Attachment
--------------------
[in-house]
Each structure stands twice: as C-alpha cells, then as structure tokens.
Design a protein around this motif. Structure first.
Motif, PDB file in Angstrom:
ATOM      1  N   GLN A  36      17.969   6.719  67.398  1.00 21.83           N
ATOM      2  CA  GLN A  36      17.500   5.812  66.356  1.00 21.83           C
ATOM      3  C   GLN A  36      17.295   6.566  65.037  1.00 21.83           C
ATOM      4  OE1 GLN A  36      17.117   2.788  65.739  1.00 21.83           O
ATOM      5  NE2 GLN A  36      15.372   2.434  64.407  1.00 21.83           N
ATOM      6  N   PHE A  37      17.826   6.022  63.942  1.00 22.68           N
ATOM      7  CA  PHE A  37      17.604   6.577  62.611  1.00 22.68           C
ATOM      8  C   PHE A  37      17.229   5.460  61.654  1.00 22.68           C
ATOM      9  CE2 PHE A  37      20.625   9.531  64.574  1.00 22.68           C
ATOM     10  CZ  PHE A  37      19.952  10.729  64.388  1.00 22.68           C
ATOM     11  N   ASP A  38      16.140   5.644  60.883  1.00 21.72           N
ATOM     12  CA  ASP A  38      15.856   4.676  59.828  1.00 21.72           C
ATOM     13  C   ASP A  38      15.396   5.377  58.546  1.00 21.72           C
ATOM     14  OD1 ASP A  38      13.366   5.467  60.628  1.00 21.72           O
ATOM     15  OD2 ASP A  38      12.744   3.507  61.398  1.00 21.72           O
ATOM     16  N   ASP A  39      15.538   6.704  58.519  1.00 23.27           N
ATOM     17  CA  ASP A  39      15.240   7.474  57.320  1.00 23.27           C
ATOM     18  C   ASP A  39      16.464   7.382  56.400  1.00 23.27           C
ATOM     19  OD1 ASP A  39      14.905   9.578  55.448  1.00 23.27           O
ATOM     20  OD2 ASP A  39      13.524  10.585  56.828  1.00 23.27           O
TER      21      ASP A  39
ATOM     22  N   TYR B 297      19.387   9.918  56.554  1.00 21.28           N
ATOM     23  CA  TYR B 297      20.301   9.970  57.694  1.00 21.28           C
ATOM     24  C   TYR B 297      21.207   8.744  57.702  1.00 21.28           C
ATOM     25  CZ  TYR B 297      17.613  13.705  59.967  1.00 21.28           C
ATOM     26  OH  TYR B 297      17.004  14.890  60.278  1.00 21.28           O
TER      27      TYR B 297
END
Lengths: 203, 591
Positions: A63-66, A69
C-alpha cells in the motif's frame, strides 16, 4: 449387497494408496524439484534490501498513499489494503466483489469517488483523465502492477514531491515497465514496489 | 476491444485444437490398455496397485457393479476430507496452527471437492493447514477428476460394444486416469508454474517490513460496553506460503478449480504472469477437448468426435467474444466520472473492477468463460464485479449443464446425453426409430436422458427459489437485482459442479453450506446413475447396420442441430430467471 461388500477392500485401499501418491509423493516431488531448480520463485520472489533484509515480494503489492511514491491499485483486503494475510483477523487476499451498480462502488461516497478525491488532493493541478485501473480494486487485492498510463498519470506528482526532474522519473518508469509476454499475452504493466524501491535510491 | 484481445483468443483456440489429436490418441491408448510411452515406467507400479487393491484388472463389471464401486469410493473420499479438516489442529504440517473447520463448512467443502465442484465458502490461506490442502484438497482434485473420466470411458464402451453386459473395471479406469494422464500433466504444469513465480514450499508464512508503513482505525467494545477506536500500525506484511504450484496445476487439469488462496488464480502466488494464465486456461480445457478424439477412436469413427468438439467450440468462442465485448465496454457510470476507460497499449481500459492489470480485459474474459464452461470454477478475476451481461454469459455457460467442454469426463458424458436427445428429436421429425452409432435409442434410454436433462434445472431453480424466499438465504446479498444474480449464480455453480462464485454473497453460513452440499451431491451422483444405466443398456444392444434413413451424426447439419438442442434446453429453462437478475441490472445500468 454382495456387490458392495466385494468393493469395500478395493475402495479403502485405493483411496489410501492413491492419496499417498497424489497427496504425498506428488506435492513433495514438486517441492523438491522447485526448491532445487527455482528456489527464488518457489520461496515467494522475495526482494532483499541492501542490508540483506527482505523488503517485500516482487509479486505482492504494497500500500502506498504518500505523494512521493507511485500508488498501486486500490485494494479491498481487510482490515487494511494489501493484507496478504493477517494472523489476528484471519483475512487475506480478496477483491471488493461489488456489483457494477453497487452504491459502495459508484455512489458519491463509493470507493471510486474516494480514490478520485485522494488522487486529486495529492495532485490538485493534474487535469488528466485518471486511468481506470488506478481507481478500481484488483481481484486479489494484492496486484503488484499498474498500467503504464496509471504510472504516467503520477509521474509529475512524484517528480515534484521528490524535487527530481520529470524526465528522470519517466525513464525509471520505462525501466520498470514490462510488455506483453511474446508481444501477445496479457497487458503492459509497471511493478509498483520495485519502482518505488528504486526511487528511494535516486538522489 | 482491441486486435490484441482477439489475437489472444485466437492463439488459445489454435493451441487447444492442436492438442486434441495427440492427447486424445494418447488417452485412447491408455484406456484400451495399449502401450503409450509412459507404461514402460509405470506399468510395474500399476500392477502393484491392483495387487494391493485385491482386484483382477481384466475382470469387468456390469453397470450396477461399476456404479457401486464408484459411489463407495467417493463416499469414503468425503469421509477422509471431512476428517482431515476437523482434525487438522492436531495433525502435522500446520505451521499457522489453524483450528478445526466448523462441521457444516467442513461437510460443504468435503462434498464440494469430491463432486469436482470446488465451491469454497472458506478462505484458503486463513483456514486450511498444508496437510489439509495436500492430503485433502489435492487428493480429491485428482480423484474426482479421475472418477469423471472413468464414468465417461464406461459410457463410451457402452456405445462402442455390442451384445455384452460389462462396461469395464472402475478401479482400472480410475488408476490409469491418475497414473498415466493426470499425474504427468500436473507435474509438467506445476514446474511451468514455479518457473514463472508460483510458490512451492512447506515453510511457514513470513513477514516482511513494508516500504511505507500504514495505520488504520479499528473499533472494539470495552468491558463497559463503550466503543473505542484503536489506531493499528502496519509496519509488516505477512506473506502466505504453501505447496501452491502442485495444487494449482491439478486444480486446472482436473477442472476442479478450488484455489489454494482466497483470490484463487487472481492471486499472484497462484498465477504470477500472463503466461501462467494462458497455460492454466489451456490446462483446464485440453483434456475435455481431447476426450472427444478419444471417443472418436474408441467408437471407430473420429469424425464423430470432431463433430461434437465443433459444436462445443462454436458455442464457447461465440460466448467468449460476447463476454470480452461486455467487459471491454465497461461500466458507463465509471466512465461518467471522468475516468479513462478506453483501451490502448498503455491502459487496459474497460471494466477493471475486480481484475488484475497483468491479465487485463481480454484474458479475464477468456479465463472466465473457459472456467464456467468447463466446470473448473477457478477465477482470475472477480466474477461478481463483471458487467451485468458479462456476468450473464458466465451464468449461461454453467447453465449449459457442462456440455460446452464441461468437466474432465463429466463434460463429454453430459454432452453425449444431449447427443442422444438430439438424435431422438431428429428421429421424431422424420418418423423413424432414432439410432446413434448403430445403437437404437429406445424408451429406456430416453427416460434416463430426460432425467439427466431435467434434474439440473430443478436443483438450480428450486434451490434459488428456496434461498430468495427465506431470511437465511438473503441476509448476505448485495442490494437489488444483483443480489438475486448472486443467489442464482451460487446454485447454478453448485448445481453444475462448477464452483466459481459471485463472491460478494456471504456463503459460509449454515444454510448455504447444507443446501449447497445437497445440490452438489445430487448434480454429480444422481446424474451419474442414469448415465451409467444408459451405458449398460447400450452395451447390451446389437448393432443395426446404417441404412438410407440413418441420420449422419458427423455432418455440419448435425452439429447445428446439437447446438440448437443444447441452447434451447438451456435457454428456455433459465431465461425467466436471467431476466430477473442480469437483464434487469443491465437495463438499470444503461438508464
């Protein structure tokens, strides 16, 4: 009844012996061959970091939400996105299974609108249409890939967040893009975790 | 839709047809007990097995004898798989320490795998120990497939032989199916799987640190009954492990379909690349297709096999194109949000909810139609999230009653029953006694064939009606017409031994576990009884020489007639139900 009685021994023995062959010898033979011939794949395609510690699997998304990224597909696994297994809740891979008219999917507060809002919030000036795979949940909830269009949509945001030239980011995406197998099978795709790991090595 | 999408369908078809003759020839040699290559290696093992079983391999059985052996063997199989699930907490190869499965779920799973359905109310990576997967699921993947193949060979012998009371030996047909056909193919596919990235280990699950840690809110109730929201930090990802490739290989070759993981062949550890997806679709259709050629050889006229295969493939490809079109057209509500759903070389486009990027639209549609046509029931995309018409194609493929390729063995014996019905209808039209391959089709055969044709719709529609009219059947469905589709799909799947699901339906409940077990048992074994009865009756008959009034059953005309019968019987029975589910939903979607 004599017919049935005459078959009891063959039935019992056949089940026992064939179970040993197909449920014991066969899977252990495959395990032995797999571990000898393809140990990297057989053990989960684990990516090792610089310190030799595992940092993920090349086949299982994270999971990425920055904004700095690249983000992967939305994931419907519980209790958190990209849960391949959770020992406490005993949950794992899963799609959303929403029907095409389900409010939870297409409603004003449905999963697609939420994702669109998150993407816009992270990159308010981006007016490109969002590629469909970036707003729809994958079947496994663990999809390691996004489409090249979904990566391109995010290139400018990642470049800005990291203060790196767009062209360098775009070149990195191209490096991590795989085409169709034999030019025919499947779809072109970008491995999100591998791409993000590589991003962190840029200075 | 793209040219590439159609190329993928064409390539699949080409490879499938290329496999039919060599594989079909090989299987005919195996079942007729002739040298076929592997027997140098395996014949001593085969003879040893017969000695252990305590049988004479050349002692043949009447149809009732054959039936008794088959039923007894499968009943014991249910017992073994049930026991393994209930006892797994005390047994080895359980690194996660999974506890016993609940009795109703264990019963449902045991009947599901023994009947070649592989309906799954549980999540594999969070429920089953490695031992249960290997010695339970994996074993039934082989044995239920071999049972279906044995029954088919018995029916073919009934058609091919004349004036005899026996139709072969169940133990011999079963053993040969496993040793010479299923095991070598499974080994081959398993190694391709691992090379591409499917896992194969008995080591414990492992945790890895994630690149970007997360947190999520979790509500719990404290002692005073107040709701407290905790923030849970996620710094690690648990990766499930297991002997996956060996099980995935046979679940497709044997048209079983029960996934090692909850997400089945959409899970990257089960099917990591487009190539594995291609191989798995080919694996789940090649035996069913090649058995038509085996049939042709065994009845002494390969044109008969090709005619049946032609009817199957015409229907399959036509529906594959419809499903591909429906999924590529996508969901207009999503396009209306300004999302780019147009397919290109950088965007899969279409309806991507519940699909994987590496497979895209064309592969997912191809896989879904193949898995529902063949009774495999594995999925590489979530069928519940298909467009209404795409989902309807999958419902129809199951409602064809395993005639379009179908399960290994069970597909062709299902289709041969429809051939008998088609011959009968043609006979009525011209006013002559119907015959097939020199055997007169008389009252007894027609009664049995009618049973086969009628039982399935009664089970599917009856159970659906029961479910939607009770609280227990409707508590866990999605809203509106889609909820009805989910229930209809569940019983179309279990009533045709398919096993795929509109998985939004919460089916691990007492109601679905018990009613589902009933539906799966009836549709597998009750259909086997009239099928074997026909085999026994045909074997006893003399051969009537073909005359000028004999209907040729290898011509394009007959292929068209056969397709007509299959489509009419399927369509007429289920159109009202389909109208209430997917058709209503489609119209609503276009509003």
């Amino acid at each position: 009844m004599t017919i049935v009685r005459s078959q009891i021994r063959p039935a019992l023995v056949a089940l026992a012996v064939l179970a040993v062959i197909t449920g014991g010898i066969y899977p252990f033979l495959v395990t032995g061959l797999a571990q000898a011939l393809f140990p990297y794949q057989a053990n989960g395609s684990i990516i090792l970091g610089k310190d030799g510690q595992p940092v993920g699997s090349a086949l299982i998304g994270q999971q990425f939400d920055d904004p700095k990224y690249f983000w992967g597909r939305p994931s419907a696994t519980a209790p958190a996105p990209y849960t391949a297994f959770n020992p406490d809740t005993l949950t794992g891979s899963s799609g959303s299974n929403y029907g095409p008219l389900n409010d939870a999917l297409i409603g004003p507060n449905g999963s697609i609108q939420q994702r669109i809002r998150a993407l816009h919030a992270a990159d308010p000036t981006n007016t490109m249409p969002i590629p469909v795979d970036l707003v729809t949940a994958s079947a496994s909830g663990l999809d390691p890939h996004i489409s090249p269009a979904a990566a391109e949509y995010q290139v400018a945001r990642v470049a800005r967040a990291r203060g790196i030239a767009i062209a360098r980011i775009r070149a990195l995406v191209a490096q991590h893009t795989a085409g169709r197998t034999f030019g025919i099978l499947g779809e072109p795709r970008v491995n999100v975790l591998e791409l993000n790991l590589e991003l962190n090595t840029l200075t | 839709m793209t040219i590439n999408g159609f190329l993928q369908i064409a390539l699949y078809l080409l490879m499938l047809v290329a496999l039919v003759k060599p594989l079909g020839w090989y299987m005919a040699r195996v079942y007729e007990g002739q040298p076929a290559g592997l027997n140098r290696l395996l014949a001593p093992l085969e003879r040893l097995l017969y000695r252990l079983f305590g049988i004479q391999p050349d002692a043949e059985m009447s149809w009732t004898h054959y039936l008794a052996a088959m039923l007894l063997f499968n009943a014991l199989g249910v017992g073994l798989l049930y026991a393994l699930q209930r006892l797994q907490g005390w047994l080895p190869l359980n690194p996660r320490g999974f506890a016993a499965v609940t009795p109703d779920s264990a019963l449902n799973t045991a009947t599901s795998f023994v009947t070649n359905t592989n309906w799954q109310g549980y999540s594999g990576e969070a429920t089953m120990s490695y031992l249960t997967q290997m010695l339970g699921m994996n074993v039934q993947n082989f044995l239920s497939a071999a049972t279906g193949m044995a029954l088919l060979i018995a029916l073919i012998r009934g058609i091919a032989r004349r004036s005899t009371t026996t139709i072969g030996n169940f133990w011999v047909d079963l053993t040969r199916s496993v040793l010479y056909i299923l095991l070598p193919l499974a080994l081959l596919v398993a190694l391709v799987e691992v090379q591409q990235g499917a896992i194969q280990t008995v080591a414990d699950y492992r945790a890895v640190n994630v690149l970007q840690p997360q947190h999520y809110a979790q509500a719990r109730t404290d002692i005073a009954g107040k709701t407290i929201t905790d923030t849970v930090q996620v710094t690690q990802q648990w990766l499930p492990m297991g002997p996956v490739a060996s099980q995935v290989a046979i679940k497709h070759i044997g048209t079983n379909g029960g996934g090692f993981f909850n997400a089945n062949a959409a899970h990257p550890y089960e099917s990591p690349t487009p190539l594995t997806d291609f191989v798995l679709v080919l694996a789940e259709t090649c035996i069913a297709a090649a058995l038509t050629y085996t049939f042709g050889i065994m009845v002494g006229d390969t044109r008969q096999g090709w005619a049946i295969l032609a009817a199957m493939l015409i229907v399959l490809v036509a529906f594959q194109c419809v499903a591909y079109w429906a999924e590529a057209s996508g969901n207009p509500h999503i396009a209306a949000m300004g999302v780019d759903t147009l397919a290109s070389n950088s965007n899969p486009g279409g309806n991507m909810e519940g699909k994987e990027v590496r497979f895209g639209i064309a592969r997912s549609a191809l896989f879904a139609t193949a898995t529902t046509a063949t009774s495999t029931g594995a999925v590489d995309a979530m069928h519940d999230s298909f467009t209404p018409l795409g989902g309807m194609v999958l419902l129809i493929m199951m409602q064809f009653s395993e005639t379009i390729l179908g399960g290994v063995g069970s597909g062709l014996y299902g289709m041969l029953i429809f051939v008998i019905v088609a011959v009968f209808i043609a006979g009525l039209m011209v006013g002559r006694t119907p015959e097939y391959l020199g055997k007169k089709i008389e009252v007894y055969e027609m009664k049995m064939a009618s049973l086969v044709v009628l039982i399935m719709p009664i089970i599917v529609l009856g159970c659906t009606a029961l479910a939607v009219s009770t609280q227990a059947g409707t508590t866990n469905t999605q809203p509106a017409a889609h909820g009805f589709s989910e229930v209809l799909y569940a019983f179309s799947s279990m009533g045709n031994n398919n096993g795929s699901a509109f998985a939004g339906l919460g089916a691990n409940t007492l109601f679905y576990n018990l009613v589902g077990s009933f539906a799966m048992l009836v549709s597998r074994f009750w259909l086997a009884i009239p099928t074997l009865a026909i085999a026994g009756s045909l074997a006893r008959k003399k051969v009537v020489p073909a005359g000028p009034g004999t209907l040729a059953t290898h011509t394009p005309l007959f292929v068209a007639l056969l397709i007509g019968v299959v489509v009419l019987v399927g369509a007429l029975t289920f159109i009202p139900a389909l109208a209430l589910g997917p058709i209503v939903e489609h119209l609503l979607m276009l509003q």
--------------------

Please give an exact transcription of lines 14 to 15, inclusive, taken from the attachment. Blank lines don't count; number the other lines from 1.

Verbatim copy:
ATOM     10  CZ  PHE A  37      19.952  10.729  64.388  1.00 22.68           C
ATOM     11  N   ASP A  38      16.140   5.644  60.883  1.00 21.72           N